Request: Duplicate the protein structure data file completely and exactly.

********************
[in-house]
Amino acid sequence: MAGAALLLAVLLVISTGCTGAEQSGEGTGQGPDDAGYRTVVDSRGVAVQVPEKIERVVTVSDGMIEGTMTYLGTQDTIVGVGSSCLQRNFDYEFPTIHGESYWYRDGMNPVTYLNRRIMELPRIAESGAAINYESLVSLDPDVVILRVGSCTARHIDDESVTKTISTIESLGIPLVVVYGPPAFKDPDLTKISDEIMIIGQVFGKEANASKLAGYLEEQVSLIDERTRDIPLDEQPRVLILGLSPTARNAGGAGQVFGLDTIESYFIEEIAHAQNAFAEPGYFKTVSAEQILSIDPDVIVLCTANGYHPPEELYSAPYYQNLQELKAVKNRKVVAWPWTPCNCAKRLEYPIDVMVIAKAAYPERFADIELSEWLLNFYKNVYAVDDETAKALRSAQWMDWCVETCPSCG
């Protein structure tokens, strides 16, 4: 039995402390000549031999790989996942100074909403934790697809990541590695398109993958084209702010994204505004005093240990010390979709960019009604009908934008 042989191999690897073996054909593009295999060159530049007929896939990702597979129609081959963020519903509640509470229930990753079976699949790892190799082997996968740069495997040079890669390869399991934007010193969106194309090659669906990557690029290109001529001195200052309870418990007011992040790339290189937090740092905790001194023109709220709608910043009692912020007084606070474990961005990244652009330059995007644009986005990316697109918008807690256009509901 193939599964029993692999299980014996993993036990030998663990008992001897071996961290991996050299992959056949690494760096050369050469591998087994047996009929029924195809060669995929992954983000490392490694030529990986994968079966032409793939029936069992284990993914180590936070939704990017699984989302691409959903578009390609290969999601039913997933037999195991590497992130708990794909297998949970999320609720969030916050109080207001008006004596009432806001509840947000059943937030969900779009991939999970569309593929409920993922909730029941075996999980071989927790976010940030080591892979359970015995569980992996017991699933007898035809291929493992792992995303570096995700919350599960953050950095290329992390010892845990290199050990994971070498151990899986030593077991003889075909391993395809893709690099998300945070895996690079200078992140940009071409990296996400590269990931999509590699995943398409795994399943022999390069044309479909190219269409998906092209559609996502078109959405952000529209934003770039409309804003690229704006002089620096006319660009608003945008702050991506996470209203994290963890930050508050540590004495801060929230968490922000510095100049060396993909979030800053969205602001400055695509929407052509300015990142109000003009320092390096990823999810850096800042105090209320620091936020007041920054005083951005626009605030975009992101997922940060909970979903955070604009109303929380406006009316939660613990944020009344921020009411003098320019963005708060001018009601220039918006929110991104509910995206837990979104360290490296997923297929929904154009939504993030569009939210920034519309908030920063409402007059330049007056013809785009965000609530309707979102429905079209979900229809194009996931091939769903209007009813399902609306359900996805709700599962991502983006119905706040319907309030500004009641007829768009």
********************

[in-house]
Amino acid sequence: MAGAALLLAVLLVISTGCTGAEQSGEGTGQGPDDAGYRTVVDSRGVAVQVPEKIERVVTVSDGMIEGTMTYLGTQDTIVGVGSSCLQRNFDYEFPTIHGESYWYRDGMNPVTYLNRRIMELPRIAESGAAINYESLVSLDPDVVILRVGSCTARHIDDESVTKTISTIESLGIPLVVVYGPPAFKDPDLTKISDEIMIIGQVFGKEANASKLAGYLEEQVSLIDERTRDIPLDEQPRVLILGLSPTARNAGGAGQVFGLDTIESYFIEEIAHAQNAFAEPGYFKTVSAEQILSIDPDVIVLCTANGYHPPEELYSAPYYQNLQELKAVKNRKVVAWPWTPCNCAKRLEYPIDVMVIAKAAYPERFADIELSEWLLNFYKNVYAVDDETAKALRSAQWMDWCVETCPSCG
């Protein structure tokens, strides 16, 4: 039995402390000549031999790989996942100074909403934790697809990541590695398109993958084209702010994204505004005093240990010390979709960019009604009908934008 042989191999690897073996054909593009295999060159530049007929896939990702597979129609081959963020519903509640509470229930990753079976699949790892190799082997996968740069495997040079890669390869399991934007010193969106194309090659669906990557690029290109001529001195200052309870418990007011992040790339290189937090740092905790001194023109709220709608910043009692912020007084606070474990961005990244652009330059995007644009986005990316697109918008807690256009509901 193939599964029993692999299980014996993993036990030998663990008992001897071996961290991996050299992959056949690494760096050369050469591998087994047996009929029924195809060669995929992954983000490392490694030529990986994968079966032409793939029936069992284990993914180590936070939704990017699984989302691409959903578009390609290969999601039913997933037999195991590497992130708990794909297998949970999320609720969030916050109080207001008006004596009432806001509840947000059943937030969900779009991939999970569309593929409920993922909730029941075996999980071989927790976010940030080591892979359970015995569980992996017991699933007898035809291929493992792992995303570096995700919350599960953050950095290329992390010892845990290199050990994971070498151990899986030593077991003889075909391993395809893709690099998300945070895996690079200078992140940009071409990296996400590269990931999509590699995943398409795994399943022999390069044309479909190219269409998906092209559609996502078109959405952000529209934003770039409309804003690229704006002089620096006319660009608003945008702050991506996470209203994290963890930050508050540590004495801060929230968490922000510095100049060396993909979030800053969205602001400055695509929407052509300015990142109000003009320092390096990823999810850096800042105090209320620091936020007041920054005083951005626009605030975009992101997922940060909970979903955070604009109303929380406006009316939660613990944020009344921020009411003098320019963005708060001018009601220039918006929110991104509910995206837990979104360290490296997923297929929904154009939504993030569009939210920034519309908030920063409402007059330049007056013809785009965000609530309707979102429905079209979900229809194009996931091939769903209007009813399902609306359900996805709700599962991502983006119905706040319907309030500004009641007829768009």